* Designates a player UCLA is recruiting in the senior class.
** Designates an elite junior.
**Lyndale Burleson, 6-3 JR PG, Seattle O'Dea. Burleson has the potential to be really good, with great size to go along with good quickness, but he's still a ways off. He showed flashes here, but lacks the discipline and skill refinement, which leads to mistakes and sloppiness. He showed a good natural feel and vision, and a strong enough handle, but he has to start thinking more about what he's doing.
Justin Hawkins, 6-6 SR SF, Lakewood Mayfair. Somewhat overmatched athletically here, Hawkins wasn't quite quick enough or springy enough at times to stay with many ABCD campers. He's a great shooter, generally, but didn't shoot the ball here really well, looking out of rhythm most of the time, which isn't hard in the type of up-and-down pick-up type games of ABCD. He mixed it up a little more than usual inside, and had a few moments where he looked more athletic, which is a good sign.
Thomas Gardner, 6-4 SR SG, Portland Jefferson. Gardner never got in the flow at the camp, not getting enough touches,and when he did, squandering them. He shot pretty well, and made a good percentage of threes, but was a little wild in driving to the basket and his ballhandling. He looks bigger and stronger, and even more athletic. He definitely has the potential to be one of the best at his position in the west and a clear high major.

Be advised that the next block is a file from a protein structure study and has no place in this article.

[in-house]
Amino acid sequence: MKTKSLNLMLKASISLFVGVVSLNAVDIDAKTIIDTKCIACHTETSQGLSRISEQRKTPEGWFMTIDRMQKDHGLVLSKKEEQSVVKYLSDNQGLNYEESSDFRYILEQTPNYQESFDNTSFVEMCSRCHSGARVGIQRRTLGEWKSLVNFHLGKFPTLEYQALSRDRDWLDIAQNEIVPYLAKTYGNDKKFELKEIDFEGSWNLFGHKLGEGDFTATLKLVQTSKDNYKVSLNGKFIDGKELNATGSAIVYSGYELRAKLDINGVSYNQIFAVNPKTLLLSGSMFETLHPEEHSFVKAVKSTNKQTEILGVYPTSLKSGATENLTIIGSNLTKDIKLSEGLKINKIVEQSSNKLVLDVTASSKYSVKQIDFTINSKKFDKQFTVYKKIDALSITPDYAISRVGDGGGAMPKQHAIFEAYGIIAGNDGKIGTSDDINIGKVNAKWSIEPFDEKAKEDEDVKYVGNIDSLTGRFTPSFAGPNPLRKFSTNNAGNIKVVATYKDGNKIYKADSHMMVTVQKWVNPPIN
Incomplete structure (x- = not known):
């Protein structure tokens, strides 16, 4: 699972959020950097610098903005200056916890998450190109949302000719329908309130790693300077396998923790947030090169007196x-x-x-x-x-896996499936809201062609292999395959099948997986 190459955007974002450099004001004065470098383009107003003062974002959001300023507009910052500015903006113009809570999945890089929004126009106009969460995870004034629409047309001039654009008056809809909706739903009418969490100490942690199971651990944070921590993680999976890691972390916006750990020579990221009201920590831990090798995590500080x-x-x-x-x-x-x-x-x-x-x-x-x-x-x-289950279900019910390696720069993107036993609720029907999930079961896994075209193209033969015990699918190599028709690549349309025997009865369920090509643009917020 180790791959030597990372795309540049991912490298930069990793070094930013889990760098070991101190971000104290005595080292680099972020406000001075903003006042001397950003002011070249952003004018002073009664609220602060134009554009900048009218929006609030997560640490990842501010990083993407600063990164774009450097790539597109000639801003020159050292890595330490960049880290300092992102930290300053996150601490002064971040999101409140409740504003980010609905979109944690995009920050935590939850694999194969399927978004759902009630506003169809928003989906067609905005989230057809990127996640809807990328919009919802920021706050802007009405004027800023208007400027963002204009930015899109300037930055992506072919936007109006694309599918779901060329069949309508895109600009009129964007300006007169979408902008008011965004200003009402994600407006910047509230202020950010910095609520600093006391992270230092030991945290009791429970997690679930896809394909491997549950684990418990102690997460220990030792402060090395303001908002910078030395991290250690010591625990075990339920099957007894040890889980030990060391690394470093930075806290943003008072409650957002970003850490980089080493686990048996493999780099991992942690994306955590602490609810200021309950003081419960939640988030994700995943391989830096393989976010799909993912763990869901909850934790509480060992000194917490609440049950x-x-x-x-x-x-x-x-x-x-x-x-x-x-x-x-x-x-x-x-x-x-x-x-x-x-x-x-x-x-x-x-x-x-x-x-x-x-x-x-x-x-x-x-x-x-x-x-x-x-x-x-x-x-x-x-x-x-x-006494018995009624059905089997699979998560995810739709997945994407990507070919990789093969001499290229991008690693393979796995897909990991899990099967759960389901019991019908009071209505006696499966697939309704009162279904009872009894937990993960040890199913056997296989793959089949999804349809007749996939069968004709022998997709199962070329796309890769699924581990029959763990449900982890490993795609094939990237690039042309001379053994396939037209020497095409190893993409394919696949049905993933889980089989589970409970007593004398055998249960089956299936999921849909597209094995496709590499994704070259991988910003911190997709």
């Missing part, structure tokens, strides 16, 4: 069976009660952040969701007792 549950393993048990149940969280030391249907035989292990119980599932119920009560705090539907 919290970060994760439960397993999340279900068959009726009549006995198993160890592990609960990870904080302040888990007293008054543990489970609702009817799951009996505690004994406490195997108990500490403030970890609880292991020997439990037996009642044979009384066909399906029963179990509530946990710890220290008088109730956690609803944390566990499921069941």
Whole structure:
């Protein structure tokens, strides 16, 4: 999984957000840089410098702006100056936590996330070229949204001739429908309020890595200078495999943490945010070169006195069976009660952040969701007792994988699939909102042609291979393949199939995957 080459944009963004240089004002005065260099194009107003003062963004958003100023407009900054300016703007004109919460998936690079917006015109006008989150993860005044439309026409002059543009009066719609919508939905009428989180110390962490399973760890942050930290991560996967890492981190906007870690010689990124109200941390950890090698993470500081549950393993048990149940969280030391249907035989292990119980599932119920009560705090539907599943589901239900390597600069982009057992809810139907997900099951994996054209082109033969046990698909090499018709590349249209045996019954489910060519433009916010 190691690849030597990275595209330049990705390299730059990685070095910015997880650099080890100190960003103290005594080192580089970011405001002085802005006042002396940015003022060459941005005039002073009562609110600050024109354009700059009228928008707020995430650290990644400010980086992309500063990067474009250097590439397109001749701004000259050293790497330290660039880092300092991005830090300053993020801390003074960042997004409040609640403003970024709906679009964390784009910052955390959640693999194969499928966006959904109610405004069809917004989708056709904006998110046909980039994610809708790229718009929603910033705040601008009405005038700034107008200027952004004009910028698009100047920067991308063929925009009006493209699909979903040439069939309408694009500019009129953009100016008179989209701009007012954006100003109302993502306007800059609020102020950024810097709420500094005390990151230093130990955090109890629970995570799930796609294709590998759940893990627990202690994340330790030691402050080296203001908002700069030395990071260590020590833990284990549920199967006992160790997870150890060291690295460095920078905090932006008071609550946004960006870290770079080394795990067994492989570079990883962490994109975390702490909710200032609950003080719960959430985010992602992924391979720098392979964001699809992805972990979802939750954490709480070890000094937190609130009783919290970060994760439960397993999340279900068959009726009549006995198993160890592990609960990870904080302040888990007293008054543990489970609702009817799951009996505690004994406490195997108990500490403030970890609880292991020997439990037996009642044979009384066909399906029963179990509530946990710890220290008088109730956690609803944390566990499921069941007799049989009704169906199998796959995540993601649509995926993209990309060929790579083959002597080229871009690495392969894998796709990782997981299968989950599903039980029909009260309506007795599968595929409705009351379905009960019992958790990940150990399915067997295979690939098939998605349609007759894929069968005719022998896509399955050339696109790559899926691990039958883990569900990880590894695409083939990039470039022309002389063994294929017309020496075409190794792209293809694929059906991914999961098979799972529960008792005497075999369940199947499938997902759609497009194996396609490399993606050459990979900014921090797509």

Brett Collins, 6-5 SR SF, Phoenix Mountain Pointe. Collins struggled quite a bit, not getting many touches in a fast-pasted game and not asserting himself enough when he did. Rushed on his shot most of the time, he looked awkward shooting, and slow-footed compared to the rest of the camp. Hopefully he'll have a better rest of July.
Matthew Fournier, 5-8 SR PG, Rolling Hills Chadwick. A small, little scraper who wasn't intimidated by being completely out of his league, you have to give him credit for being unphased. He's small, obviously, and not quick, but with a decent shot – not a D-1 prospect. So, give him some props for being here and playing with heart.
**Bryce Taylor, 6-3 JR SG, Studio City Harvard-Westlake. The guy who probably went from the most nowhere nationally to putting himself on the national map, Taylor had a fine camp. He's such a scorer, and can hit a jumpshot from anywhere on the court, that he adapted well to ABCD's frenetic pace and stayed disciplined in his shot. He averaged over 12 points a game, while shooting 50% from the floor, and 50% from behind the three-point line. He also took the ball to the basket well, and looked especially advanced in knocking down the mid-range pull-up like clockwork. He made the underclass all-star game and looked like one of the few playing under control.
Marcus Dove, 6-7 SR SF, Long Beach Millikan. It was really the first time that many coaches had seen Dove and they generally were impressed. He's still raw and learning basketball, but he's very long, athletic and can hit a jumpshot pretty consistently. He boarded well here, using his quickness to the ball and off the floor for rebounds. He's probably cemented himself on the lower end of the high majors as a result of his performance.